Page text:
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Just call me Dr. Q
by Jason Collins
Sep 28, 2013 | 79 views | 0 0 comments | 25 25 recommendations | email to a friend | print
Dr. Gerardo D. Quiñones and his wife, Johanna, pose for a photo in front a plantain tree. The artificial tree is a reminder of their home in Puerto Rico. The couple just recently took over Beeville Dental Care.
Dr. Gerardo D. Quiñones and his wife, Johanna, pose for a photo in front a plantain tree. The artificial tree is a reminder of their home in Puerto Rico. The couple just recently took over Beeville Dental Care.
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This is just one of the painting on the walls inside of Beeville Dental Care. Dr. Gerardo D. Quiñones brought it with him from Puerto Rico as a reminder of the country.
This is just one of the painting on the walls inside of Beeville Dental Care. Dr. Gerardo D. Quiñones brought it with him from Puerto Rico as a reminder of the country.
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This sign still hangs inside Beeville Dental Care. Dr. Gerardo D. Quiñones has added his own touch to the office since he took it over three months ago. He left some of the original pieces up though, wanting to make it feel comfortable for patients.
This sign still hangs inside Beeville Dental Care. Dr. Gerardo D. Quiñones has added his own touch to the office since he took it over three months ago. He left some of the original pieces up though, wanting to make it feel comfortable for patients.
slideshow
BEEVILLE – The door opened, and before a word could be said by anyone in the waiting room, his enthusiastic greeting came with an outstretched hand, “My name is Dr. Gerardo D. Quiñones. But just call me Dr. Q.”

Throughout the office at Beeville Dental Care, there are glimpses of Puerto Rican life.

“You can see the artwork is from Puerto Rico,” Quiñones said. “We are trying to bring a little bit of Puerto Rico with us.”

Paintings on the wall depict varying scenes of everyday life, including one of a shaved ice cart and another of rolling hills.

What people might overlook though is the significance of the artificial plantain tree in the corner.

“You don’t know how hard it has been to carry that thing around,” he said as he passes a smile over to his wife, Johanna, sitting beside him.

For her, this tree is a reminder of their first home and a piece of the country she keeps with her.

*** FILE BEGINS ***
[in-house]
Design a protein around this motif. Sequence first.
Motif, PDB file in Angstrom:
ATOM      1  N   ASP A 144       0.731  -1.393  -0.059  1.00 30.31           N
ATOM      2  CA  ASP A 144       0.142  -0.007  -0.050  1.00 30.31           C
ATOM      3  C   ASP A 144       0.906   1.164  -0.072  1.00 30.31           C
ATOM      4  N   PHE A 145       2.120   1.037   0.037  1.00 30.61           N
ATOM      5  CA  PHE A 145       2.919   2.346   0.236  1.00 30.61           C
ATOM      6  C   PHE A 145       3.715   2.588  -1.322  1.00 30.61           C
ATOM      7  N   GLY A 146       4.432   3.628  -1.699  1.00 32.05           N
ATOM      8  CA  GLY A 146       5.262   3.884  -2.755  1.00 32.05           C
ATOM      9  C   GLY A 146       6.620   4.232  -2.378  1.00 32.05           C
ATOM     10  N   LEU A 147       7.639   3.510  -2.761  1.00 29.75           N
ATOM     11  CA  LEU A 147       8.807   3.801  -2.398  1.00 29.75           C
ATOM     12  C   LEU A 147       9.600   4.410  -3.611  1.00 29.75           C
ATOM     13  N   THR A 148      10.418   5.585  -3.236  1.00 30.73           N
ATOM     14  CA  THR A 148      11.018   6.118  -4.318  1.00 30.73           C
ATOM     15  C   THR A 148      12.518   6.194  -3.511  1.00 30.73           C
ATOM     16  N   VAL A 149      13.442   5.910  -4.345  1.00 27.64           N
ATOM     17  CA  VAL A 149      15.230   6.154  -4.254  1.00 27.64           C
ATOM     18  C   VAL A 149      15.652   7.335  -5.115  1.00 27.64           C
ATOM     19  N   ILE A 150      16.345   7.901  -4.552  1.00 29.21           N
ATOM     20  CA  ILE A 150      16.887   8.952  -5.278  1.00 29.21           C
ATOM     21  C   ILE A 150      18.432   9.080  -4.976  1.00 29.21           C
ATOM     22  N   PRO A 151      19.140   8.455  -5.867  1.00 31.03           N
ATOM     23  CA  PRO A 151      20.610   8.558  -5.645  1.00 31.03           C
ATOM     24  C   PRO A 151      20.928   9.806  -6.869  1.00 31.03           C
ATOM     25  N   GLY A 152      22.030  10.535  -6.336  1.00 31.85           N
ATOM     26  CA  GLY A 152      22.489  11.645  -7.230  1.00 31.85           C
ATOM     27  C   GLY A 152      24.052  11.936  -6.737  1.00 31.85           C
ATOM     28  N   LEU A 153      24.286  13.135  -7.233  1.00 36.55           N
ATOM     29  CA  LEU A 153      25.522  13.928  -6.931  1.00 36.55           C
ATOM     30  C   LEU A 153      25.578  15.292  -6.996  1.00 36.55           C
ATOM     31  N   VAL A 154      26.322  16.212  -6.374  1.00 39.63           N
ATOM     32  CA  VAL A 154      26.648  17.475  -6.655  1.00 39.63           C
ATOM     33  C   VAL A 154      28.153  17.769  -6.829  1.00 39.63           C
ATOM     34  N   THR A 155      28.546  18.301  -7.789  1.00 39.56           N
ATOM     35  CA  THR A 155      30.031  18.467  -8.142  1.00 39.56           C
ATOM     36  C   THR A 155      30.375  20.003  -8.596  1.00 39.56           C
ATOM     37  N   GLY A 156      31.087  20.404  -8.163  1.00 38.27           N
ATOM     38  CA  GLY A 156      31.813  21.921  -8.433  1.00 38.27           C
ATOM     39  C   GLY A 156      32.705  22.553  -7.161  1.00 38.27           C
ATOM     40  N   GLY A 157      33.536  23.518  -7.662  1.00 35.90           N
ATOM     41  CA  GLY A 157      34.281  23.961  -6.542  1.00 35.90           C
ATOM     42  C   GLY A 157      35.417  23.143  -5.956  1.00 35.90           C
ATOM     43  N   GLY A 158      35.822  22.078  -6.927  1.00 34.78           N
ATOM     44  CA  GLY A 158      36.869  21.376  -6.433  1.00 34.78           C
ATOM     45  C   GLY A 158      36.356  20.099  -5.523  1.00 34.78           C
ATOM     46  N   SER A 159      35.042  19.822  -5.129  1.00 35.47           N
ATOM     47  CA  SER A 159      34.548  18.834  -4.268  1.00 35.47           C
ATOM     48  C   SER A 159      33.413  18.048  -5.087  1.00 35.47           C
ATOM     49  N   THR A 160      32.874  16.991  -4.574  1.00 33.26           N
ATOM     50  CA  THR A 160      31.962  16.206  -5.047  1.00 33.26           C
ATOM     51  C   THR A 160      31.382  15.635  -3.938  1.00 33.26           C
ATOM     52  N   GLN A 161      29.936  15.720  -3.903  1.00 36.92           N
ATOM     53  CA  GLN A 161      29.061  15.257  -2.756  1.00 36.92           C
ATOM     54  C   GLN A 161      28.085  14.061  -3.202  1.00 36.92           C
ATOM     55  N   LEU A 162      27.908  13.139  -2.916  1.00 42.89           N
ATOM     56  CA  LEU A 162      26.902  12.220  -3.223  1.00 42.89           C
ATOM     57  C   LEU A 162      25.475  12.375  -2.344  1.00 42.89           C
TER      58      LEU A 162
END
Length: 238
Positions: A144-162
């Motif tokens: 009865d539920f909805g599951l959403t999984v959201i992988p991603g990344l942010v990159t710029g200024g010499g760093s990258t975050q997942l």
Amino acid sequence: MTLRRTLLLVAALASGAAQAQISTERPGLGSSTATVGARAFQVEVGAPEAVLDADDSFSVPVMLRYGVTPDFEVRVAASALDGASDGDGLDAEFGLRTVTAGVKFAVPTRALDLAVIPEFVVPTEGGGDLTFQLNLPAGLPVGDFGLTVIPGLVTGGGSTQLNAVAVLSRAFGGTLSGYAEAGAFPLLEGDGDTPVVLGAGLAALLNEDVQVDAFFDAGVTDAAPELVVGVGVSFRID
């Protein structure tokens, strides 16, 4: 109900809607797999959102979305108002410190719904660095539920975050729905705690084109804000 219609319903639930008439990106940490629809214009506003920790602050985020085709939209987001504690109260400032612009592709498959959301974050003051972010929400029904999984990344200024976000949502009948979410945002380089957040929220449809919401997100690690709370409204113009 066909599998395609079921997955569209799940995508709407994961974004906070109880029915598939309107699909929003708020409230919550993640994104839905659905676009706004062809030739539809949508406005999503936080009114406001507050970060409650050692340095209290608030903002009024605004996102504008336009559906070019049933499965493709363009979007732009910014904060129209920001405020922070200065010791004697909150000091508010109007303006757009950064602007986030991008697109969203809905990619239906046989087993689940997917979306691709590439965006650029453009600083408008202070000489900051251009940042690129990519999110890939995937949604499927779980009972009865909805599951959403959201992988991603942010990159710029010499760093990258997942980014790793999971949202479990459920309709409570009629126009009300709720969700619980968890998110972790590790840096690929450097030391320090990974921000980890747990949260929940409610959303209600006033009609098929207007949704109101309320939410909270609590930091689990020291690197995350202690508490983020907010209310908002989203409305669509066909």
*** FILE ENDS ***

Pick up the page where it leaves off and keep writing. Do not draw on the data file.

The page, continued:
When she talks of Puerto Rico, there is a bit of longing in her voice.

That longing subsides as she talks about the Caribbean-style meals her husband crafts for her.

“He is a good chef,” she said with a bit of a twinkle in her eye.

Her favorite is nothing particularly difficult but a dish that typifies Puerto Rico and Latin America — arroz con pollo or, simply put, chicken and rice.

“There are other things besides dentistry,” he said, reluctantly talking about culinary skills.

Becoming a dentist

Quiñones becoming a dentist wasn’t always the plan.

Originally, he was studying biochemistry.

But while still in college, he decided to follow a friend to dental school.

“Once I got into dental school, I really enjoyed it,” he said.

That friend — well, it wasn’t his wife, but that’s how fate works sometimes.

He met Johanna about 20 years ago.

“I was in the same field,” she said. She had been working as a dental assistant for 11 years.

They married, and now she works beside him helping to run the office here, at 1703 N. St. Mary’s St.

Leaving Puerto Rico

Their reason for leaving Puerto Rico was twofold.

The economy was failing, and, with that, crime was rising.

While still in Puerto Rico, Quiñones and his wife were living in a town not much bigger than Beeville.

“We have been here three months, and it’s like home already,” he said.

Finding Beeville

For the past seven years, Quiñones had been working at Associated Dental in Tucson, Ariz.

He left that area for geographic reasons.

“Tucson was more beige with an occasional cactus,” he said. He longed for green grass and green trees — something a bit more like home.

Quiñones says that “Why Beeville?” is indeed the most common question he gets asked.

His answer is simply.

“It’s a nice little town,” he said smiling.

“I could have gotten a job in Corpus or San Antonio.”

But, he said, the size of Beeville was more welcoming.

“We want to be part of the community,” he said. “We are still trying to get more involved in the community.”

His credentials

Quiñones has been practicing dentistry since 1986.

He had his private practice in Vega Baja, Puerto Rico, for 20 years, then in Tucson and now in Beeville.

Since his graduation from University of Puerto Rico School of Dentistry in 1984, one of the top American Dental Association accredited schools, Quiñones continued his training with a hospital residency at Beth Israel Medical Center in New York City and a second year as chief resident of the Dental Department.

Quiñones has established himself in the field of dentistry and implant dentistry.

He is a graduate of Creating Restorative Excellence (now Kois Center for Dental Education), MaxiCourse in Implant Dentistry at New York University College of Dentistry, Spear Education, oral sedation and others.

Quiñones is also a Fellow of the International Congress of Oral Implantology, and past associate clinical professor at the University of Puerto Rico School of Dentistry.

Jason Collins is the editor at the Bee-Picayune and can be reached at 358-2550, ext. 121, or at editor@mySouTex.com.
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